Trio of inspirational vets breaking mold for women in Afghanistan
Photo credit: Dr Mujtaba Rezaei/Nowzad Clinic
TMP – 11/10/2017
A recent article has spotlighted a trio of vets in Afghanistan braving bomb blasts and discrimination to head up an animal welfare practice and inspire a new generation of women. Dr. Maliha Rezaie, Dr. Malalai Haikal and Dr. Tahera Rezayi are just three of an emerging generation of Afghan women who are rejecting traditional female roles and invoking gradual cultural change in their traditional and patriarchal society.
The three women, all in their 20s, run Afghanistan’s only large-scale animal shelter and veterinary clinic, the Kabul-based Nowzad Conrad Lewis Clinic.
The women shared in an article by The Guardian newspaper how they had had to overcome family scorn and prejudice as they worked their way through veterinary school and began leading clinic-based sessions with the next wave of veterinary students.
Dr. Rezayi, who was born in Iran but returned to Afghanistan with her family when she was 13, said her parents fully supported her education and her quest to become Afghanistan’s female boxing champion, but her extended family were scornful.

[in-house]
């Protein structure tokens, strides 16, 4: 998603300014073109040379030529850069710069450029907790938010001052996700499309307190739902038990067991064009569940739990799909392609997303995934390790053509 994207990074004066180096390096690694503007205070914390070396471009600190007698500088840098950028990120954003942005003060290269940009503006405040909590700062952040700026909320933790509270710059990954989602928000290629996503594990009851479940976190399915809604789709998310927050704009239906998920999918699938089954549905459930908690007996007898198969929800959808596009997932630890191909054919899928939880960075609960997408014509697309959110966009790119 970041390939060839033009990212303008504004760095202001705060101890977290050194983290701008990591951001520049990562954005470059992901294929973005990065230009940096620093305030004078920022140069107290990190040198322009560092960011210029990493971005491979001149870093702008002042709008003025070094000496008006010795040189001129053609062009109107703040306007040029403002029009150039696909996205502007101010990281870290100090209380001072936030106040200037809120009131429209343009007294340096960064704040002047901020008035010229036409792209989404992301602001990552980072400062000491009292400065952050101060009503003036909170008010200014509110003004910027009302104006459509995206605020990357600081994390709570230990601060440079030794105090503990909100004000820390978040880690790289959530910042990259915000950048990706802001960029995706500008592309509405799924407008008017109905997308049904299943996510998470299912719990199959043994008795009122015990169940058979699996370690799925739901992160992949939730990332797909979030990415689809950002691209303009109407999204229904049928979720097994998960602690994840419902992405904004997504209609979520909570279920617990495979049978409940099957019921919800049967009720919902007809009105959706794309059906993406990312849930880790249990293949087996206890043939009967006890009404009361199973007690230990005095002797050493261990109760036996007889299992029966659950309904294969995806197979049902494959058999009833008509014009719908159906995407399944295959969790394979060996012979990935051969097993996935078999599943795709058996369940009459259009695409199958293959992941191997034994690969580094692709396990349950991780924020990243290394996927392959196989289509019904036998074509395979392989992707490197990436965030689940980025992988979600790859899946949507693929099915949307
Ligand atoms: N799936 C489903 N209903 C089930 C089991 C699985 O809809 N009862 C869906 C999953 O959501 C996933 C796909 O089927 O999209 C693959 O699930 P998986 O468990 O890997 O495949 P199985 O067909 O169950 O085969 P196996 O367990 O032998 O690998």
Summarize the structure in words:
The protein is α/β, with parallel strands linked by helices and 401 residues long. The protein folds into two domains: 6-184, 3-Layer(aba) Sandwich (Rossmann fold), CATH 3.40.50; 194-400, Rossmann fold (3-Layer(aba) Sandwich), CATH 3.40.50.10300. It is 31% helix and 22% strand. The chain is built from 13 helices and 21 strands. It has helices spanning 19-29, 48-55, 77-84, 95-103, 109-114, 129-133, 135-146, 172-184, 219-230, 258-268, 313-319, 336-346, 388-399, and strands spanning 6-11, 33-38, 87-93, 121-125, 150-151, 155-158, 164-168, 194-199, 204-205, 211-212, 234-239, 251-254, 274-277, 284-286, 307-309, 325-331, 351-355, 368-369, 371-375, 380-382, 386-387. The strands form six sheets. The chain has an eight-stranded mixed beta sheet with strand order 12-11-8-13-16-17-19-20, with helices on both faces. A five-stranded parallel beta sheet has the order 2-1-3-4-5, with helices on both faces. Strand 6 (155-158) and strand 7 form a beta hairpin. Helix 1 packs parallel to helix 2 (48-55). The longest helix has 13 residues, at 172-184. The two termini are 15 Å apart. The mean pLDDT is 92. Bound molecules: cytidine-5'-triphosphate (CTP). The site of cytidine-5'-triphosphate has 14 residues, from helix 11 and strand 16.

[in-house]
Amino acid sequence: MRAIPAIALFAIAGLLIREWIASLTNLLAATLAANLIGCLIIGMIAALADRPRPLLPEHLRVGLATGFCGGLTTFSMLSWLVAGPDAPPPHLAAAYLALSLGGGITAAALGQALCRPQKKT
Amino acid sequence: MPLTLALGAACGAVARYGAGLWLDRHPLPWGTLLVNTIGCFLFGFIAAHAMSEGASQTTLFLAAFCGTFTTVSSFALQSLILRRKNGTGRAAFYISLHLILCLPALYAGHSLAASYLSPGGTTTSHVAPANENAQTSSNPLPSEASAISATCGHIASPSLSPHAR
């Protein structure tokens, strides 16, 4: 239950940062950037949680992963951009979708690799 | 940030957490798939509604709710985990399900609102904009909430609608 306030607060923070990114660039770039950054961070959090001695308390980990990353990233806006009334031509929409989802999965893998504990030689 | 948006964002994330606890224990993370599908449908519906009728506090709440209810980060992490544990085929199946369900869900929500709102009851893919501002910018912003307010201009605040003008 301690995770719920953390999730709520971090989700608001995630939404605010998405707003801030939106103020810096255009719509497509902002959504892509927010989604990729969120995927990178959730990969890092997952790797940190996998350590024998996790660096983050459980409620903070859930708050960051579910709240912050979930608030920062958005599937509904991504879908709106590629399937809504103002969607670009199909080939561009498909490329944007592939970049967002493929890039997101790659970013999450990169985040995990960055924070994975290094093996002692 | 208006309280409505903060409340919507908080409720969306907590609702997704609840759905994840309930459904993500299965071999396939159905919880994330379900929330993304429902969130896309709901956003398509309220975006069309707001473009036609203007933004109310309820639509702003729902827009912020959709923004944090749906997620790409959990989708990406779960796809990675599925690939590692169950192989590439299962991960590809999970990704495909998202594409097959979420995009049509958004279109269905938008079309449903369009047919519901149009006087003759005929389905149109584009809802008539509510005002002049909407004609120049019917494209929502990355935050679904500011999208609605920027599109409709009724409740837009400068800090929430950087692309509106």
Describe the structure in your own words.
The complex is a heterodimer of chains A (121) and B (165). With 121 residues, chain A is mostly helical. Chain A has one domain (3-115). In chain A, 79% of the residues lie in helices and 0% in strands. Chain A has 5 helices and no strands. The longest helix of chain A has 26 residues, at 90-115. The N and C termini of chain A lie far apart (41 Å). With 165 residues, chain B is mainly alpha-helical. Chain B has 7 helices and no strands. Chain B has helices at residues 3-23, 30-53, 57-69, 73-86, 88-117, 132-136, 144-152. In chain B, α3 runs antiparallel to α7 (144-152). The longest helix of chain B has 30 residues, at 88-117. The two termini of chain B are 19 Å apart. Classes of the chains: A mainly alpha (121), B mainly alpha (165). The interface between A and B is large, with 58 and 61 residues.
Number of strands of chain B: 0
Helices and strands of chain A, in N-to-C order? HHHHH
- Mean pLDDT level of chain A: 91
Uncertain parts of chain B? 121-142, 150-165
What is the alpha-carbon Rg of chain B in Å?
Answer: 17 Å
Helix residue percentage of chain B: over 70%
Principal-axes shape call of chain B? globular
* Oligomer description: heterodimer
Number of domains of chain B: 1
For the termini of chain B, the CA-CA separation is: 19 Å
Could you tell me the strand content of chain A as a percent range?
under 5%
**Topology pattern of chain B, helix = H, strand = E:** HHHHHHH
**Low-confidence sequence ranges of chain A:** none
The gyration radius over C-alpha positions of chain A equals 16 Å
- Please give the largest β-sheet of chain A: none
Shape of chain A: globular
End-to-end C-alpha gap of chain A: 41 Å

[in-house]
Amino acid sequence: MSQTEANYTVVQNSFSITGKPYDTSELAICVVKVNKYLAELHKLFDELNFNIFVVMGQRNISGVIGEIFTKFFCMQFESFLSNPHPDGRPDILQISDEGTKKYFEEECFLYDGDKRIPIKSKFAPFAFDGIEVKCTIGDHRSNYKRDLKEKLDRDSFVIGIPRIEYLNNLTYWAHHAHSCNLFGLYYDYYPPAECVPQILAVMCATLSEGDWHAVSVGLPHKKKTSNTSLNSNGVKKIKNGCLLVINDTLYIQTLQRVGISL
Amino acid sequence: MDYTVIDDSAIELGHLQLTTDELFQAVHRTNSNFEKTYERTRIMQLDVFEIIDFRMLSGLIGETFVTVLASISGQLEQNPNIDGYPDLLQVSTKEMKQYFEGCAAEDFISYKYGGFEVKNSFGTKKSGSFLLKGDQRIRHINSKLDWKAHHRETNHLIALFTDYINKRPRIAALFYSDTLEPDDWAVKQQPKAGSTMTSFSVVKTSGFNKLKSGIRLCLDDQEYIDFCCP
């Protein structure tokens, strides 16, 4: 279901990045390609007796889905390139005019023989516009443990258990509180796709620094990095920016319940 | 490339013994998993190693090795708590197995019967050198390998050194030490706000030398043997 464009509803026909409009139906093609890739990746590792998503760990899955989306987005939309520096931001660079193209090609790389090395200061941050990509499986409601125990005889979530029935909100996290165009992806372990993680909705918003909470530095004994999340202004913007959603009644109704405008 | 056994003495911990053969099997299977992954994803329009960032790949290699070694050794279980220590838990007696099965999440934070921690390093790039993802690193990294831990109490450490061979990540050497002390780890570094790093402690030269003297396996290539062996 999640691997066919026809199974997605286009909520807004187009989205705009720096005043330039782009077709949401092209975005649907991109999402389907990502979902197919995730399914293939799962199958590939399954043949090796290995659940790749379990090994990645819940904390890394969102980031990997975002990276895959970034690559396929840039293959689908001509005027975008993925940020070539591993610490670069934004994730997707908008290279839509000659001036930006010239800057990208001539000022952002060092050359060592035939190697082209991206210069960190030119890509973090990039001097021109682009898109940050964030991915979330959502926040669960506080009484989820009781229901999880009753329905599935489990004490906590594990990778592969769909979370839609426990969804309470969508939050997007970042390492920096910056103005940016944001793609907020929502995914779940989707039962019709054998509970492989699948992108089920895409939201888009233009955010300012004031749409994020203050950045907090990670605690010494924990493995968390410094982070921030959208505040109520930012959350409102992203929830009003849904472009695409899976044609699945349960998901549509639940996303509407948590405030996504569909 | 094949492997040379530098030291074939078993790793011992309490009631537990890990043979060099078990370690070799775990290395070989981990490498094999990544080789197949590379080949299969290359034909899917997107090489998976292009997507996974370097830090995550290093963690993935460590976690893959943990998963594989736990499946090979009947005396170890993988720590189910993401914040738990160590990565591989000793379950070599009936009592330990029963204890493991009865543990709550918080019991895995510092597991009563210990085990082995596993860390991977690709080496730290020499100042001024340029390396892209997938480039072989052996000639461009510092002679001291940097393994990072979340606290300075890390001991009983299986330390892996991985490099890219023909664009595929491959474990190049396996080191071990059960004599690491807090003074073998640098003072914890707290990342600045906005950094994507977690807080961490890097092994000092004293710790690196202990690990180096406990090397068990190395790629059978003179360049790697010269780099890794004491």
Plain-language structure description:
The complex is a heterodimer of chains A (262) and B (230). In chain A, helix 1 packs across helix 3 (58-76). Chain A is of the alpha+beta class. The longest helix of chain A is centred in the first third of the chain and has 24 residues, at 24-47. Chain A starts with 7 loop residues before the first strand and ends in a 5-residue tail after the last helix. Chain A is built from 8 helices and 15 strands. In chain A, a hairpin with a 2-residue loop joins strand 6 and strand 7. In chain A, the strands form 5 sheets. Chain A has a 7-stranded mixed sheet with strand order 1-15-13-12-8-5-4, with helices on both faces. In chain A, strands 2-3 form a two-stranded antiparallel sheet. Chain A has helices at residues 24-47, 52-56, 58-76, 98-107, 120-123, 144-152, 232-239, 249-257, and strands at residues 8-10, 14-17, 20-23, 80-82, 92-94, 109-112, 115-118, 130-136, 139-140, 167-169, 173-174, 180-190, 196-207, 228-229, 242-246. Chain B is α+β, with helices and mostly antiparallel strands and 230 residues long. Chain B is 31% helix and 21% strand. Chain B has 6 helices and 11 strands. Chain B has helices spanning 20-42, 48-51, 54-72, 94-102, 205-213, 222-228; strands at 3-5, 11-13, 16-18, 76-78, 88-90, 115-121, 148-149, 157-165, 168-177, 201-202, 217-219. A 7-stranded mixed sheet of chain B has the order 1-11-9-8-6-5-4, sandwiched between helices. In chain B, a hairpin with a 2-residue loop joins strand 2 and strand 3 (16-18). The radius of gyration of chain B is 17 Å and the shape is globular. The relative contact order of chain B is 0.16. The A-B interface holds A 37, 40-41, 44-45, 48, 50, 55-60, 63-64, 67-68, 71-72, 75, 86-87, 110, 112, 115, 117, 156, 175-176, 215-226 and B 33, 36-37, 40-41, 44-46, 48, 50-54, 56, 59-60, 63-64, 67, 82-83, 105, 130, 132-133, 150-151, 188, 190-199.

“My parents and brothers and sisters supported me and made me feel that I could be anything I wanted to be,” said Dr. Rezaei. “But my wider family members were not supportive. Most of them grew up in Afghanistan and thought girls can’t go out. This is not a good culture here. Of course it was hard, but it made me work harder, to prove everyone wrong. The attitude was that girls can’t do anything and I wanted to show them that girls aren’t less than boys.”
Rezaei recalls the discriminatory environment when she enrolled at Kabul University back in 2012. There were only 20 women in the class with 140 male students and all-male teachers.
“Some of the teachers didn’t want us to do well and would mark my grades down,” she said. “In our society, there is a belief that you can’t do things because you are a woman. So when I go out to help someone’s animal, sometimes people don’t want me to touch it. But after I get them to trust me, they thank me.”
Three years ago, the vets launched clinical sessions for other new vets where they share their experiences.
“The women are happy to have a female teacher. But the men often ignore us at first and don’t want to listen to us. Then when we start teaching them interesting information, they start to listen,” Rezaei said.